We might complain about the circumstances of our birth, about our height or the colour of our hair but if you think about it, it was all gift, a few perceived shortcomings here or there but all gift. Of the bad bits, some have even said that in hindsight it was those experiences that helped form who they were to become, and that they are grateful for that. So arguably, even the perceived shortcomings are gift.

Yes, we groan and there probably are many who at least part of the time, ‘lead lives of quiet desperation,’ but even desperation does mean we do not live in gift. A prisoner still groans for and desires freedom as the fullness of their existence. A prisoner still values what they have and seeks its fullness.

The danger of gift is that we do not recognise that it is gift. Rather we begin to see it as an entitlement. Imagine that if I as a teacher received many gifts and walked away saying to myself something like, “I earned the gift through my hard work. The gift is a reward for my hard work.”

Something has broken down in this hypothetical scenario. The intended honouring of a person and relationship has been subtly manipulated into a transaction. What was given in kindness has been received with pride. The act of giving was for the other, but this form of receiving has been for the self. The only way the receiving can be equally for the other is that it recognises the gift as a gift, not as a transaction based on entitlement.

A gift is unconditional and therefore founded in love. As with love, what is intended as an affirming of the receiver and an affirming of the relationship can be lost and even worse manipulated by an inability to recognise gift. A gift elevates and affirms while bringing together persons, but when a gift is not properly received, the gift is destroyed or used by the receiver to empower themselves, destroying the original relationship.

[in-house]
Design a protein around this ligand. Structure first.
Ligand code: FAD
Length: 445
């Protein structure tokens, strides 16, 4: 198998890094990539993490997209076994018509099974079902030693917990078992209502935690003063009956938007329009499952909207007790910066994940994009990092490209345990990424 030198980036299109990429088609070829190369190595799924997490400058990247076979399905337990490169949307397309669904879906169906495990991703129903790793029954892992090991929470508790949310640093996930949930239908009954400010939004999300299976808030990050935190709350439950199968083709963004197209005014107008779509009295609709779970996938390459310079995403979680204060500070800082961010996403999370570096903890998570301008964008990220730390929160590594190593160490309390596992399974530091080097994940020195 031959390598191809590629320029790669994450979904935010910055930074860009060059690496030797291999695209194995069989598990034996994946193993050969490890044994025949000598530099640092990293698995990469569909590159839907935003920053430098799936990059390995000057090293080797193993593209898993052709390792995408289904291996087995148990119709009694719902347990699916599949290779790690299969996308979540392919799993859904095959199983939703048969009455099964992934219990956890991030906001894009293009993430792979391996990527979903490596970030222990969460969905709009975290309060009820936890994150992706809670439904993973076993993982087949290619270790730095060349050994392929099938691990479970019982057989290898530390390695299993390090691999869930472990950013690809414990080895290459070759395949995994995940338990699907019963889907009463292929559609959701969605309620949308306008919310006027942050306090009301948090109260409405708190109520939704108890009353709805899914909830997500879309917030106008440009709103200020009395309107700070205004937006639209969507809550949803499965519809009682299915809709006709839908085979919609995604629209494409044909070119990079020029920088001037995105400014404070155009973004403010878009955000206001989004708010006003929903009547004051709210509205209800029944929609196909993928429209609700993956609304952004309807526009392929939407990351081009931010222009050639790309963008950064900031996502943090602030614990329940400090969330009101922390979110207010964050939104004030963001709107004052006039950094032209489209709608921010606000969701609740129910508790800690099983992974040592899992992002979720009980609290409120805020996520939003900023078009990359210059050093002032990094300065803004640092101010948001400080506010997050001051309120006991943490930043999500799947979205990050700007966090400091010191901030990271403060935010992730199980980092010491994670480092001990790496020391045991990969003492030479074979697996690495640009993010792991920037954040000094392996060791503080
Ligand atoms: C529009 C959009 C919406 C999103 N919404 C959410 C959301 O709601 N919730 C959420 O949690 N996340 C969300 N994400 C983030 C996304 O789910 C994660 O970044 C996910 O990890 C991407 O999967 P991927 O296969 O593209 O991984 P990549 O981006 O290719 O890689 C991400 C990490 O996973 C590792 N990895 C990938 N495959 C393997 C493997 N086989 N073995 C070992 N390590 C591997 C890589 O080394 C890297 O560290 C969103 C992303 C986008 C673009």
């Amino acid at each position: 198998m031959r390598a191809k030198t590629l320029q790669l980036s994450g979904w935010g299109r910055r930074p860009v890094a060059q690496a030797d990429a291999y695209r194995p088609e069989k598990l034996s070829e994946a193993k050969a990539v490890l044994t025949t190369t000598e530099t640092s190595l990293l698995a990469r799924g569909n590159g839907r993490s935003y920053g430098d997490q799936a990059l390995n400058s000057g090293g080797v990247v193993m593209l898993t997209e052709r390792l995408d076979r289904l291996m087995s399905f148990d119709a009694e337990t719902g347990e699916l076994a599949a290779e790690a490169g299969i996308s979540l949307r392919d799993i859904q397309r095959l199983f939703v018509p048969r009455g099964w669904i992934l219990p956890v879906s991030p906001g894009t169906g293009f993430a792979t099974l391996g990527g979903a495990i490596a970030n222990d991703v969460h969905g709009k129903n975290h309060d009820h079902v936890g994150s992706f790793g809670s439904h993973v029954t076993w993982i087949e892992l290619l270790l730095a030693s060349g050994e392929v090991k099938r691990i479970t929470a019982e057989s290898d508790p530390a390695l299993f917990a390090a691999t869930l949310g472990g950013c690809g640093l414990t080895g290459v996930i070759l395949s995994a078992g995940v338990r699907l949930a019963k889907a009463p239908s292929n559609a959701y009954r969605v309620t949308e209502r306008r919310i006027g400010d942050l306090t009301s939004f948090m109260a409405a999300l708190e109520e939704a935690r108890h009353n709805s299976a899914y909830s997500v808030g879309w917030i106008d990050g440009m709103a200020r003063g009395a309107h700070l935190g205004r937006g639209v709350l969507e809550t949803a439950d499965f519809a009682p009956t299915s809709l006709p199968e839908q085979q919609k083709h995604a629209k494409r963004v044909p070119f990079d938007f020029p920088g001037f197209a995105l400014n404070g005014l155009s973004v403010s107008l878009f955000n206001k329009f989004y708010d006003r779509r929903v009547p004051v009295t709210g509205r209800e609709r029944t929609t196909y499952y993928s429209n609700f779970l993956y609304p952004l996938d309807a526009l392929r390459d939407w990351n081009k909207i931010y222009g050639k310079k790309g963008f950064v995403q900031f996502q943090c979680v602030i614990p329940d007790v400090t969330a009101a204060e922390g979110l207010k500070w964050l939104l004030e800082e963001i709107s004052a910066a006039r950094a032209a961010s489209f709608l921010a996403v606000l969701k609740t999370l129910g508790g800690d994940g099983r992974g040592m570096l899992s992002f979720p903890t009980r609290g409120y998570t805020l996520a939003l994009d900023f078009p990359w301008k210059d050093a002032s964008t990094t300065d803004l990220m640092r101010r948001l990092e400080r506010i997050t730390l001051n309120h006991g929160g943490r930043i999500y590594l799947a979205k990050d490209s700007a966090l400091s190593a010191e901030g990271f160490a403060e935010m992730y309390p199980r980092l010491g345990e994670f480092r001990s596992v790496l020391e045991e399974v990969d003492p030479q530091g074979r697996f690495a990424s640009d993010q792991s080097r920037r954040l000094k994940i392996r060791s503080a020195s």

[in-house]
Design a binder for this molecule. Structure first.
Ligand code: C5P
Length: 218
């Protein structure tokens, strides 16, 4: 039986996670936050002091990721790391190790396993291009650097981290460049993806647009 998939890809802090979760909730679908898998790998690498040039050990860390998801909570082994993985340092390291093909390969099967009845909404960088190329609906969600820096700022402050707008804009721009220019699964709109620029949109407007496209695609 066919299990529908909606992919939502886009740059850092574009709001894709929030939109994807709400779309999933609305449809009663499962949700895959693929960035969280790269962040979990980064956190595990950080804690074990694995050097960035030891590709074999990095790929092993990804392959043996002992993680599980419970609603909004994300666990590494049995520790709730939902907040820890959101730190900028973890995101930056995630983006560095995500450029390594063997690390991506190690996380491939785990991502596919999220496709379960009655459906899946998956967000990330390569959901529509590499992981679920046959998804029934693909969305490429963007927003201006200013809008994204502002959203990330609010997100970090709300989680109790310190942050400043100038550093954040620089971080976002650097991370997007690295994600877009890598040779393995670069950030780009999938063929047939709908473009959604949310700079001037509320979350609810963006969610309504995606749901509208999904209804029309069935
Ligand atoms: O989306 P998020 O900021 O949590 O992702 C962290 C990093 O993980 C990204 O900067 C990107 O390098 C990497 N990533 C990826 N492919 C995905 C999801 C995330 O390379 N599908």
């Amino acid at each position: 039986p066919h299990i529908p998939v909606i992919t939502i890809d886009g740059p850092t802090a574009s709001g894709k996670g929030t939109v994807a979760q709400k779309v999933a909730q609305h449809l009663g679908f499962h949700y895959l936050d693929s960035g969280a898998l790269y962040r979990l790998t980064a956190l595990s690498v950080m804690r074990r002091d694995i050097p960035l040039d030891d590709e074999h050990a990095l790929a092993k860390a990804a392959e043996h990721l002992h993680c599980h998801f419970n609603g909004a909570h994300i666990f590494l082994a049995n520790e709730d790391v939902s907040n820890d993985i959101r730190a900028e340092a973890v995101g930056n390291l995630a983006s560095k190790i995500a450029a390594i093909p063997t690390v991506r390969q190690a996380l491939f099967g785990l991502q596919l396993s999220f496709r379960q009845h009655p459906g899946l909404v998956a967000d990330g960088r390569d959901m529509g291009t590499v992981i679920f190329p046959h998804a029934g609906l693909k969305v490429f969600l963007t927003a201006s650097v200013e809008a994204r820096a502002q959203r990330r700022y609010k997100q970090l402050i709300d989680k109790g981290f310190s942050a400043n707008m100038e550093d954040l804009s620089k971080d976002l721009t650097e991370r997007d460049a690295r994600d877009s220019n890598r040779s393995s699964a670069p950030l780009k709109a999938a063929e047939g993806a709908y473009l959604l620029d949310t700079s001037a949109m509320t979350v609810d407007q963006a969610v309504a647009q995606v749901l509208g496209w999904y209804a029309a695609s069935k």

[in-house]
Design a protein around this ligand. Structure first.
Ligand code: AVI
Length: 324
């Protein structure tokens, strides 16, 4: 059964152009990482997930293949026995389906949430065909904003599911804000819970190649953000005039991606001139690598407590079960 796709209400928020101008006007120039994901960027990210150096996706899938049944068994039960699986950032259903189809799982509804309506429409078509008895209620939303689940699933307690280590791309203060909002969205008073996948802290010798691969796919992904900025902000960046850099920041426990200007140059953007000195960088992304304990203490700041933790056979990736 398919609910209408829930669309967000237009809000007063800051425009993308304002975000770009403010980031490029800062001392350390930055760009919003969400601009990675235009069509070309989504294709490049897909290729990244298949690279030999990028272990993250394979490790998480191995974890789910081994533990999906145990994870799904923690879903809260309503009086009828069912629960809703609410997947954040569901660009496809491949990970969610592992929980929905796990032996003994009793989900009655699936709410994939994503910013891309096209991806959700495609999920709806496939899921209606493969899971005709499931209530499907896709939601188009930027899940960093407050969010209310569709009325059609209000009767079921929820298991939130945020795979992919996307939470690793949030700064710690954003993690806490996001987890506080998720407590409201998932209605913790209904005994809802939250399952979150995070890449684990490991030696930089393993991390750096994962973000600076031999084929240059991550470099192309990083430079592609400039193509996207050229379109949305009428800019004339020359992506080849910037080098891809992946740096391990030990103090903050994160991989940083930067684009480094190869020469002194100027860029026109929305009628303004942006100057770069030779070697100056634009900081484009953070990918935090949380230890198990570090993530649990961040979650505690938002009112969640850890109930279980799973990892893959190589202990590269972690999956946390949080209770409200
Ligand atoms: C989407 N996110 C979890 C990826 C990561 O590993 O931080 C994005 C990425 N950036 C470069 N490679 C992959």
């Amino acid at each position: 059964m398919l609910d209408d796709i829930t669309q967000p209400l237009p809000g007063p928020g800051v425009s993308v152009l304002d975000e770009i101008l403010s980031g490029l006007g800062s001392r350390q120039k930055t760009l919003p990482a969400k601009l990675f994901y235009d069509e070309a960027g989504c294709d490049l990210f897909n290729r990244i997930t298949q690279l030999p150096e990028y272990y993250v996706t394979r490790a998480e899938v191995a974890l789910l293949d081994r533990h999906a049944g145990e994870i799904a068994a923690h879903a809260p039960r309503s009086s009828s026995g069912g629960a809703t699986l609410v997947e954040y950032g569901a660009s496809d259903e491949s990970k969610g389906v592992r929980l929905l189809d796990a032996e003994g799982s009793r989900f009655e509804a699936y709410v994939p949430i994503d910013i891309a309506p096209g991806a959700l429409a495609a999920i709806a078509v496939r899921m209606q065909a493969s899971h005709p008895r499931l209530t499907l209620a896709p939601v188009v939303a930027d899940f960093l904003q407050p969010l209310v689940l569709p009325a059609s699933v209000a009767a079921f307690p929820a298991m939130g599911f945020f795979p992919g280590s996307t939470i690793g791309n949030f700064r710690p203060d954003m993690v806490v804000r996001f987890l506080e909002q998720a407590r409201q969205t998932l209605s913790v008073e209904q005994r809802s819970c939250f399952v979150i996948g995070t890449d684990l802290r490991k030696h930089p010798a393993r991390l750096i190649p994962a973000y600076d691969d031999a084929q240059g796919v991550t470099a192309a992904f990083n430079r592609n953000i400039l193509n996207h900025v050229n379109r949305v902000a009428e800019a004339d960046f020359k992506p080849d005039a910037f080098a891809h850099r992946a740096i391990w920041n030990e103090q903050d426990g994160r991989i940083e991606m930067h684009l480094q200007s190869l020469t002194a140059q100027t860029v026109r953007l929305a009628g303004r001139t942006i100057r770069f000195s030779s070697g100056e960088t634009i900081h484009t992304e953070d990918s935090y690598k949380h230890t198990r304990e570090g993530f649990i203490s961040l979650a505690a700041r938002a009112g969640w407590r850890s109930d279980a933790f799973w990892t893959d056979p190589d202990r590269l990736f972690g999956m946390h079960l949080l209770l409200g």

I think it is appropriate that we have a season where we celebrate with the giving of gifts and the birth of an obscure child in an obscure stable, a child born to be king. The obscure child reminds us of the nature of love and the nature of gift, given in the humility of a stable. The stable does not coerce us with glitz or glamour, rather it leaves us free to choose to receive.

The gifts I have recently received challenge me to recognise the many more gifts I have received through the year, many of them being people I have met. Have I recognised these gifts?

Have a wonderful Christmas break.

Marco

Painting and feelings – my journey with art

Art is in doing. Take the first step and be yourself. Brutally honest will do fine.

Luisa, one of our resident Friday morning Drawing and Painting students, has generously shared her reflection on her time at MAC, and how art has impacted her life.

I have been attending at Melbourne Art Class for a year. And in that year, I have not only discovered more about art, but also about myself. Art, and specifically painting, unlocks stuff. Opens doors you did not know existed. It can best be described by quoting Joan Mitchell, who in 1986 said:

Feeling, existing, living, I think it’s all the same except for quality. Existing is survival; it does not mean necessarily feeling. Feeling is something more: it’s feeling your existence. It’s not just survival. Painting is a means of feeling “living” … Painting is the only art form except still photography which is without time. Music takes time to listen to and ends; movies, ideas, and even sculpture take time. Painting does not. It never ends, it is the only thing that is both continuous and still.

Yves, 1991. Oil on canvas, 110 1/4 x 78 3/4 inches (280 x 200 cm). Private collection. © Estate of Joan Mitchell.

Mitchell was one of the few female abstract expressionist painters who gained critical and public acclaim in the 20th century. I read her quote often and only slightly disagree with her views on music. (Yes, music depends on time, but where does a note start and where does it end?) Abstraction in art, is by its very nature, abandons objectivity and moves into ethereal exploration.

One of the leading avant-garde jazz pianists, Craig Taborn, produced a recent album Daylight Ghosts. Taborn modified the sustain pedal of his piano in order to imagine a note when it is no longer audible. He then plays different notes and chords to talk to that note wherever it exists. He often visits art museums in New York to collect ideas for his music.